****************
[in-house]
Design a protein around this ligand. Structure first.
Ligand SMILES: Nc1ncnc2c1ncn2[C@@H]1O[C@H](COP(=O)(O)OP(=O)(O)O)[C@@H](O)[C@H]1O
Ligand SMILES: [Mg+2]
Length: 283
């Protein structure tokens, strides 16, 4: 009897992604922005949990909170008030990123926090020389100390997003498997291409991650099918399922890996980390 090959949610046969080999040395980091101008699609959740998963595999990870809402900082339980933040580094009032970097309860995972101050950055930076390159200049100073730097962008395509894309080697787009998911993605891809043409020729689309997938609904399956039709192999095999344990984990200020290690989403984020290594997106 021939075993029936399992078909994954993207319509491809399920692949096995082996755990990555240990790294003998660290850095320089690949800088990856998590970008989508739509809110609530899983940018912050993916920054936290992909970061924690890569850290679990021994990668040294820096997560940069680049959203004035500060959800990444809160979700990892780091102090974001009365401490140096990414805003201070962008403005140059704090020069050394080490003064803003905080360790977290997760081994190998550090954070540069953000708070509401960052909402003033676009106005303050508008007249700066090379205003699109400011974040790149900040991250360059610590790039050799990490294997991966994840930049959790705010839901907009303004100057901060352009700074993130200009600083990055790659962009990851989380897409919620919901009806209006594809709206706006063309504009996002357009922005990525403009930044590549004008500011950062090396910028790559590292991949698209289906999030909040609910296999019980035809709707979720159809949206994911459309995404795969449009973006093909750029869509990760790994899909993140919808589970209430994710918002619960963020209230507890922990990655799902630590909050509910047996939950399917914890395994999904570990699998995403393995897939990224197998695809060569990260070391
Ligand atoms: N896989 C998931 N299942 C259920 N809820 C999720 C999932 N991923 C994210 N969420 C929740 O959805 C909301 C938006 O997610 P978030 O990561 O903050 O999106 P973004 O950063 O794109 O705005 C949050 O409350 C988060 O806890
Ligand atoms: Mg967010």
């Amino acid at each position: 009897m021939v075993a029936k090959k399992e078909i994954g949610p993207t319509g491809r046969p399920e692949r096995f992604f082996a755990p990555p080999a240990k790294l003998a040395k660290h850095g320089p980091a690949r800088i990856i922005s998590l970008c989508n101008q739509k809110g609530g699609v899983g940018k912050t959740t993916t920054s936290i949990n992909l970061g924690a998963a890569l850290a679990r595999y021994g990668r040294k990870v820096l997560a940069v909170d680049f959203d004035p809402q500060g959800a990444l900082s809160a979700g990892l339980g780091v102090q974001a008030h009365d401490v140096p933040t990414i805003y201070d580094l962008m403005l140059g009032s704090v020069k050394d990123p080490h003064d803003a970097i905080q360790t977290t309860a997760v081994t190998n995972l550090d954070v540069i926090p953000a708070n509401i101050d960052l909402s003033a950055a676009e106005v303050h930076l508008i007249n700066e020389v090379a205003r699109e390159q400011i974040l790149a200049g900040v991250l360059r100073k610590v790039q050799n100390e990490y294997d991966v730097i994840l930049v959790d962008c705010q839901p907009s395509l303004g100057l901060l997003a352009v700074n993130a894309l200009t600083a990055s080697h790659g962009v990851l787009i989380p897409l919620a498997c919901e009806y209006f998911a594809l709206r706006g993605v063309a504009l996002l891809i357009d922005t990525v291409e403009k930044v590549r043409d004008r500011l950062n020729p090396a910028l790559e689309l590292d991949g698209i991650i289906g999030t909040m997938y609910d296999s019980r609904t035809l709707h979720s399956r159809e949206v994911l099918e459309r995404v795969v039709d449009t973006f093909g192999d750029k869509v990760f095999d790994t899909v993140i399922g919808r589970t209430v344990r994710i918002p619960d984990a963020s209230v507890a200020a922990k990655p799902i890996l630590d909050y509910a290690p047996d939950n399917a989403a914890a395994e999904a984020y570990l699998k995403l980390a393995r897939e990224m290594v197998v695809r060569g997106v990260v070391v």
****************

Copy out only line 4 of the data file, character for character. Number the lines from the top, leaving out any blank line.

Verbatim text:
Ligand SMILES: [Mg+2]